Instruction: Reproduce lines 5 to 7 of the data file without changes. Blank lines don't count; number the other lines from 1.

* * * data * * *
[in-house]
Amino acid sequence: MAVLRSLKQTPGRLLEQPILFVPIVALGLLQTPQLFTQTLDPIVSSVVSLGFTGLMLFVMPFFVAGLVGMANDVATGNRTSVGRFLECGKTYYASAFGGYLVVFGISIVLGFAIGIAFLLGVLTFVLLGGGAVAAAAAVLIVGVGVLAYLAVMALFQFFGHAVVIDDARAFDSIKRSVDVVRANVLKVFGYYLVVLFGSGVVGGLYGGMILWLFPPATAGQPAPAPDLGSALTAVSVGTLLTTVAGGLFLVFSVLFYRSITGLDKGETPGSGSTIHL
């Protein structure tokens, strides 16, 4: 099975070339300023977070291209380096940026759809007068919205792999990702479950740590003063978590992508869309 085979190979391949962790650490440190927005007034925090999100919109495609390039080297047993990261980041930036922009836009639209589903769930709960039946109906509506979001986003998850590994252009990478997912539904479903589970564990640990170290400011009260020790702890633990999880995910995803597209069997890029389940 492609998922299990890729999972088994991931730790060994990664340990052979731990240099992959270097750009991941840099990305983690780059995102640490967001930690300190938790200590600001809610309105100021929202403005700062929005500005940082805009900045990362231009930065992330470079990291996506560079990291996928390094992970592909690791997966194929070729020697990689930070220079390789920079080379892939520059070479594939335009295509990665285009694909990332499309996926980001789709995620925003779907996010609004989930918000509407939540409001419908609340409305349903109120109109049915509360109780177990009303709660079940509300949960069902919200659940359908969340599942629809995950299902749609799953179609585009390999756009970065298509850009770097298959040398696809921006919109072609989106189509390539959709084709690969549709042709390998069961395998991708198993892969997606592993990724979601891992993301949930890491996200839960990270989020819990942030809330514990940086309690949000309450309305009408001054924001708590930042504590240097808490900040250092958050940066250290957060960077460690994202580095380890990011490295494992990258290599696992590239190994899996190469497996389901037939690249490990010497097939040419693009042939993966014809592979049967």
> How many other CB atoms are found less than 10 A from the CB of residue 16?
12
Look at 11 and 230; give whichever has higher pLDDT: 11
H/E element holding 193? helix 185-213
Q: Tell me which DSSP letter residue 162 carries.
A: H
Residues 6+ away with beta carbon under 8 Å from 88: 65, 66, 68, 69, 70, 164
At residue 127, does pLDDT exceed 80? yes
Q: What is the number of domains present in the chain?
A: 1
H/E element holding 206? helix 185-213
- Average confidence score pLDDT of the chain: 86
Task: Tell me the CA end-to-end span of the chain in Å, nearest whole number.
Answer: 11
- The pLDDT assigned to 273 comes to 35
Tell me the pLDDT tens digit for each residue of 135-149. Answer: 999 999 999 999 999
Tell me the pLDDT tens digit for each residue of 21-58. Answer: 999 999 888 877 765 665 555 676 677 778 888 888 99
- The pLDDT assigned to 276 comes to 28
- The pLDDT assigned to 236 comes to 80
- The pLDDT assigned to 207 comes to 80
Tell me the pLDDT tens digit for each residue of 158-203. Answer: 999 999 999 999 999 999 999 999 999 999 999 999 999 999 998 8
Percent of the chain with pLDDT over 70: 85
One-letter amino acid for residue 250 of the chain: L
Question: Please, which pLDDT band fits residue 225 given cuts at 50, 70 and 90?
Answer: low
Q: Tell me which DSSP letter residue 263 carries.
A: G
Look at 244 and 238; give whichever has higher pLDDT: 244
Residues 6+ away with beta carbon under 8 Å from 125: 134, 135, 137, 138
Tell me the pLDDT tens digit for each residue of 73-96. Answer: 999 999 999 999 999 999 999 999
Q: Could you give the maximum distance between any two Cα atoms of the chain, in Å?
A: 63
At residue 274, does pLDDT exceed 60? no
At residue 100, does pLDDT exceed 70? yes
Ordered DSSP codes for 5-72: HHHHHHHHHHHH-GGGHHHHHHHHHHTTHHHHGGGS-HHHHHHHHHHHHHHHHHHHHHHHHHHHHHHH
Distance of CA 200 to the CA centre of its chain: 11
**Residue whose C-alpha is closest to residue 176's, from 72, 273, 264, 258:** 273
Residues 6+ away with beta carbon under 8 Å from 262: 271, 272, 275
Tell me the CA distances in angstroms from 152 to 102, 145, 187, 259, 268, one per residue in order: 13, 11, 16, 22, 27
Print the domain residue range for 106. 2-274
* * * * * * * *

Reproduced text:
12
Look at 11 and 230; give whichever has higher pLDDT: 11
H/E element holding 193? helix 185-213